• This means that there is a 20% chance that you will detect a difference when there is no difference or you are 80% confident that you would have detected a difference in the sample if it exists in the population
  • As power increases your risk of committing a type II error decreases
  • If your p value is statistically significant <0.05) then you had enough power !!! Even if the number in the study was less than originally ESTIMATED. It was only an estimation. IF your p value is statistically insignificant (>0.05) THEN

    Eitherthere is really no difference OR you committed a type II error.

    Let’s revisit our fun example:

    You had drastic cuts made to your research budget and could only enroll 30 people in each group (LowStress vs Placebo). You found that 15% of people on placebo were happy and 22% of people on Lowstress were happy. But the p value is 0.34. You found no difference. However, you have probably committed a Type II error due to the small study size (inadequate power)

    Insulin Dosing Rules

    John and Albert in Bali Albert and I had to go into the beautiful mountains of the island of Bali to research these rules. Bali is one of many islands that make up the country of Indonesia. Somebody had to go.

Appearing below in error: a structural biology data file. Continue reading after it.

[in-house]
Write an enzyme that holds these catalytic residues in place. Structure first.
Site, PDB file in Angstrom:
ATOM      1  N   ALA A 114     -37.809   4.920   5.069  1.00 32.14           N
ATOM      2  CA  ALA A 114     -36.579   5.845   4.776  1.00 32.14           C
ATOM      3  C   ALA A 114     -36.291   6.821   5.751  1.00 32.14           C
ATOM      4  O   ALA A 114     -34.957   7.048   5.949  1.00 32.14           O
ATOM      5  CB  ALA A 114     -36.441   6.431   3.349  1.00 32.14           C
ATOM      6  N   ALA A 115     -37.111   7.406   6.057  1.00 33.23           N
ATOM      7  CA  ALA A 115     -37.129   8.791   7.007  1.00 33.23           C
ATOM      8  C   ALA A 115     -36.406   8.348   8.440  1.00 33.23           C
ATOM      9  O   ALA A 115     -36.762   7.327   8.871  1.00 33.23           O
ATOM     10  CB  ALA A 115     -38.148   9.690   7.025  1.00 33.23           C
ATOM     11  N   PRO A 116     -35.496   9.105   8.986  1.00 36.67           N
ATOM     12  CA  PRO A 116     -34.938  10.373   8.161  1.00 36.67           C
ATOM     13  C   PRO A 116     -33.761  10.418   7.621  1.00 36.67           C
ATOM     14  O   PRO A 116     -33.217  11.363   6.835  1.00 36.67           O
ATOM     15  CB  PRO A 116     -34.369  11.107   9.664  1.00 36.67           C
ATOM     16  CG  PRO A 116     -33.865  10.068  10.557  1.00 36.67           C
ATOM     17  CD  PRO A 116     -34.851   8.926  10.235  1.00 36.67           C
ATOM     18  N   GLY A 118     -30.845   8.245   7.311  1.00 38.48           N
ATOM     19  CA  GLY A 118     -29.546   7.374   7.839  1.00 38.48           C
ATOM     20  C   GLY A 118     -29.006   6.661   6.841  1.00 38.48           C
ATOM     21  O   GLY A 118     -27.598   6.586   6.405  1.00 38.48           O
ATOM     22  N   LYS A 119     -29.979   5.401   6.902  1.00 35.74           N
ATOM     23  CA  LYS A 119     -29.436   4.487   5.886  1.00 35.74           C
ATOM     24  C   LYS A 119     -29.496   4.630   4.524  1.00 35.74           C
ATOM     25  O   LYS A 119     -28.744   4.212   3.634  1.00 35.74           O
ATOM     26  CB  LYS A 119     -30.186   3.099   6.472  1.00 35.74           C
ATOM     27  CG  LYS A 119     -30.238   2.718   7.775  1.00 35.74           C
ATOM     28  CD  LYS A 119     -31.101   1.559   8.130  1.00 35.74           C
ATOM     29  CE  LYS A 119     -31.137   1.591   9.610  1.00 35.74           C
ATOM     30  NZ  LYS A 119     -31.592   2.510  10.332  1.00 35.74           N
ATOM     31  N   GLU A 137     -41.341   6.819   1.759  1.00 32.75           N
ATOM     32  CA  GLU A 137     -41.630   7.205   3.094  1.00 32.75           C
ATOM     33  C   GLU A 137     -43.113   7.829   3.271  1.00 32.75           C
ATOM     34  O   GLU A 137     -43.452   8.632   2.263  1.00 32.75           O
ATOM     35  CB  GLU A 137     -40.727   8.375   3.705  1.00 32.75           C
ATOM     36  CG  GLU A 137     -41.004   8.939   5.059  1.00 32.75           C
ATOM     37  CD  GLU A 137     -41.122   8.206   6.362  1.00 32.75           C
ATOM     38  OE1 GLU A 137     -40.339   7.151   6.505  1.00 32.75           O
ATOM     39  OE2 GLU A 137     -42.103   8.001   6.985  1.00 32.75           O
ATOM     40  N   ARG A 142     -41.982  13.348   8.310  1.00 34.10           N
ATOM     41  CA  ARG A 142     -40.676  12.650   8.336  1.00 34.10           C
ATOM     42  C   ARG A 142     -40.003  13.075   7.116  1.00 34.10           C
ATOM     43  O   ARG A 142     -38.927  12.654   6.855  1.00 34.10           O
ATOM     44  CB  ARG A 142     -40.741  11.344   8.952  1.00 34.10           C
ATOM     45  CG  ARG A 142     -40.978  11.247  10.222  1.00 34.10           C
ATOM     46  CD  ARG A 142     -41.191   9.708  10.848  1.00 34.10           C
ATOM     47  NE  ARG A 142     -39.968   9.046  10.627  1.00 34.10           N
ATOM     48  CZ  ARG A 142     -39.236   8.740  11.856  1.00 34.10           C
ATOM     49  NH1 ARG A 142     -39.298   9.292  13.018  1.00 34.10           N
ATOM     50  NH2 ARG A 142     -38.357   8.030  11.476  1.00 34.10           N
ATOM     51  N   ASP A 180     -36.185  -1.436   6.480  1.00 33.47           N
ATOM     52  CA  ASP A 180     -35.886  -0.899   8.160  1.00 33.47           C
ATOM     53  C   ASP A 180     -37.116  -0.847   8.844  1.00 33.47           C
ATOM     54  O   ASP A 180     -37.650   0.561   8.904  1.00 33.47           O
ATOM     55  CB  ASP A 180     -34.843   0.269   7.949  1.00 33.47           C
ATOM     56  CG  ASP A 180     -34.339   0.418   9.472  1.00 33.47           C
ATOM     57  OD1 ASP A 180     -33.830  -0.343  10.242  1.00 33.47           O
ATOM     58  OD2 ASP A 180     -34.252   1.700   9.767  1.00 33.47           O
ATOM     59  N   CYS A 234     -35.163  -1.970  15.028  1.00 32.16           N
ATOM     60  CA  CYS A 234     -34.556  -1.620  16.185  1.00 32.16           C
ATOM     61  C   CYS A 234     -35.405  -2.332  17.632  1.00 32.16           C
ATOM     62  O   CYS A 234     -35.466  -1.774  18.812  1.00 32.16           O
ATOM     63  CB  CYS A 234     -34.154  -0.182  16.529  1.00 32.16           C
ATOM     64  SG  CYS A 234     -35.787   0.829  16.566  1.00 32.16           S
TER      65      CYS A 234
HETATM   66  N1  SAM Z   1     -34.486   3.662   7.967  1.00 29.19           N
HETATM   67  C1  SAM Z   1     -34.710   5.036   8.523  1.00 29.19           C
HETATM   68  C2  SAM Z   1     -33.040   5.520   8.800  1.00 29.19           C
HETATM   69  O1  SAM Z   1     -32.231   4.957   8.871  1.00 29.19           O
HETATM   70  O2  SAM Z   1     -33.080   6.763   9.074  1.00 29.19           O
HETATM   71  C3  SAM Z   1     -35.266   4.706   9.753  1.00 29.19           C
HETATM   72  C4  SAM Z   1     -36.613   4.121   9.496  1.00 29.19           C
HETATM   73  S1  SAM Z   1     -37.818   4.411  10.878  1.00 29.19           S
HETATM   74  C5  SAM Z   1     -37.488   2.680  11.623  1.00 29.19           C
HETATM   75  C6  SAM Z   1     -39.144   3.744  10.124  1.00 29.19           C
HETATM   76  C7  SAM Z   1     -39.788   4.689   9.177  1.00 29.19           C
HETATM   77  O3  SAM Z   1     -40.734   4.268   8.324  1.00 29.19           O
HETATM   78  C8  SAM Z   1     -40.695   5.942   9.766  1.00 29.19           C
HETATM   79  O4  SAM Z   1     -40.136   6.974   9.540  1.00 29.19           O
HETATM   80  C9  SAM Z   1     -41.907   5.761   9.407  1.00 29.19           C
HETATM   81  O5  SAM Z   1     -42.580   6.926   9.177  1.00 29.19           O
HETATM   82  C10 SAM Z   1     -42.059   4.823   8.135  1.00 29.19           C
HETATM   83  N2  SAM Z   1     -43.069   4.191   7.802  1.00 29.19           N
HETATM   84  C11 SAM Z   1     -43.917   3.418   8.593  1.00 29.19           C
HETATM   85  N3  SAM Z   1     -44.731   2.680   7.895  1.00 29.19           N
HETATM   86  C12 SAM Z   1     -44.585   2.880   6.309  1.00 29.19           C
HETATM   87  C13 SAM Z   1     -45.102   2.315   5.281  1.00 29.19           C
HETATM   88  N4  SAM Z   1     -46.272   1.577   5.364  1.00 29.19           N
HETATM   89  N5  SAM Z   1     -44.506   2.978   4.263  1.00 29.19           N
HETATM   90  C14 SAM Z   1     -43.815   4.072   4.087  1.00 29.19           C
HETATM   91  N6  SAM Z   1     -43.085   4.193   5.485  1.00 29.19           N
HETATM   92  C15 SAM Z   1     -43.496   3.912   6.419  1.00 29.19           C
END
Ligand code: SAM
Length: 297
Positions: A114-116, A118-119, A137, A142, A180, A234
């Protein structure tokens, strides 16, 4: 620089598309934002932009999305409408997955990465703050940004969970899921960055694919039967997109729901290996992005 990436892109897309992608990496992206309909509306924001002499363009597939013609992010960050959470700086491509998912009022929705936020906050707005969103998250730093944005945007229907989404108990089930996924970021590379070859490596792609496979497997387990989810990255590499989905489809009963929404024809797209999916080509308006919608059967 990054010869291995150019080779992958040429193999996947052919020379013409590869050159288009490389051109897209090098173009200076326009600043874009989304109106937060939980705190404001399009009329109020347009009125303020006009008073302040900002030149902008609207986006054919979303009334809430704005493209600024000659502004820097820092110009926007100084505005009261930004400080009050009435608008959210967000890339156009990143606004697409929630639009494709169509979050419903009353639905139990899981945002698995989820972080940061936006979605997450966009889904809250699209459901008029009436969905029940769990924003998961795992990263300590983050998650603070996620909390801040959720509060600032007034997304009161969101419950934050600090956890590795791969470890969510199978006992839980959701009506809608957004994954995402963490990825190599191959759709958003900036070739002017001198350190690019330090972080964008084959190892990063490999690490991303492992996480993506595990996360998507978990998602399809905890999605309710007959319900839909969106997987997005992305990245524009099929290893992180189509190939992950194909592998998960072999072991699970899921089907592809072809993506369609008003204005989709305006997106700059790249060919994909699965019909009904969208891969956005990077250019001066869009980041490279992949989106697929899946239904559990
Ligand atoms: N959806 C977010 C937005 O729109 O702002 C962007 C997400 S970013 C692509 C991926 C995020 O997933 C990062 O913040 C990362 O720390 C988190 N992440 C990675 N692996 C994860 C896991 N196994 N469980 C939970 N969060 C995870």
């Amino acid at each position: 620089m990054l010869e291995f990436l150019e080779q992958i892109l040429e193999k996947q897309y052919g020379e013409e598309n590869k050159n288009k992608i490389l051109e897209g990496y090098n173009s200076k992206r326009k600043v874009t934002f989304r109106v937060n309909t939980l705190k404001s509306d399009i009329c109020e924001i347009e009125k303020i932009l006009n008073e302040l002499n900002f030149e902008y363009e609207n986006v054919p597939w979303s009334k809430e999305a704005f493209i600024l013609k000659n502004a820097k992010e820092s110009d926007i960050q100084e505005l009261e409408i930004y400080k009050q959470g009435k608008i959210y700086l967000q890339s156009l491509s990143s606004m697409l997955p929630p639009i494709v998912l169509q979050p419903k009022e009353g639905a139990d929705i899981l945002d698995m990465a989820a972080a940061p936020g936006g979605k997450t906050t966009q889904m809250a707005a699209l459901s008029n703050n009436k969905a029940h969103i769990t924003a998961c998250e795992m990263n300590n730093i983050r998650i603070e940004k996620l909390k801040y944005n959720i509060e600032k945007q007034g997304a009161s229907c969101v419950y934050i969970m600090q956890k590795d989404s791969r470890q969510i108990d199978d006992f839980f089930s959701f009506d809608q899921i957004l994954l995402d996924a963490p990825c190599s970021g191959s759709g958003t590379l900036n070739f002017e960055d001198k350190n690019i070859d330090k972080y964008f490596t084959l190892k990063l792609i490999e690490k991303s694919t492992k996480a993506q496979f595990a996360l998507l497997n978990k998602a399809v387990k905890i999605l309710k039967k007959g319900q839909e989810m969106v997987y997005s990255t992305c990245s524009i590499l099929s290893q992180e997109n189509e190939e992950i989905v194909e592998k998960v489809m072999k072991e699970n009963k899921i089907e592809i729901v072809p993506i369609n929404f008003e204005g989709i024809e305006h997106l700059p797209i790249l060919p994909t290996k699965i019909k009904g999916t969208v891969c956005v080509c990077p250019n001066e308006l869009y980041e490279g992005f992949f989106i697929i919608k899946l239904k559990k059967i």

Insulin Dosing Rules

    Starting dose

    0.5 to 1 unit / kg / day for Type 2 Diabetes
    If they are already on Insulin Start with their current dose
    Give 50% long acting and 50% short acting. Divide the short acting evenly for each meal.

    Corrective Insulin (in addtion to meal insulin)

    Estimated Blood sugar Decrease for Each Unit of Insulin

    1700/ total daily insulin for Humalog and Novolog
    1500/ total daily insulin for regular insulin

    Insulin for Carb Counters

    Number of grams of carbohydrate covered by each unit of insulin

    450/ total daily insulin for Humalog and Novolog
    500/ total daily insulin for regular insulin

    Power Calculations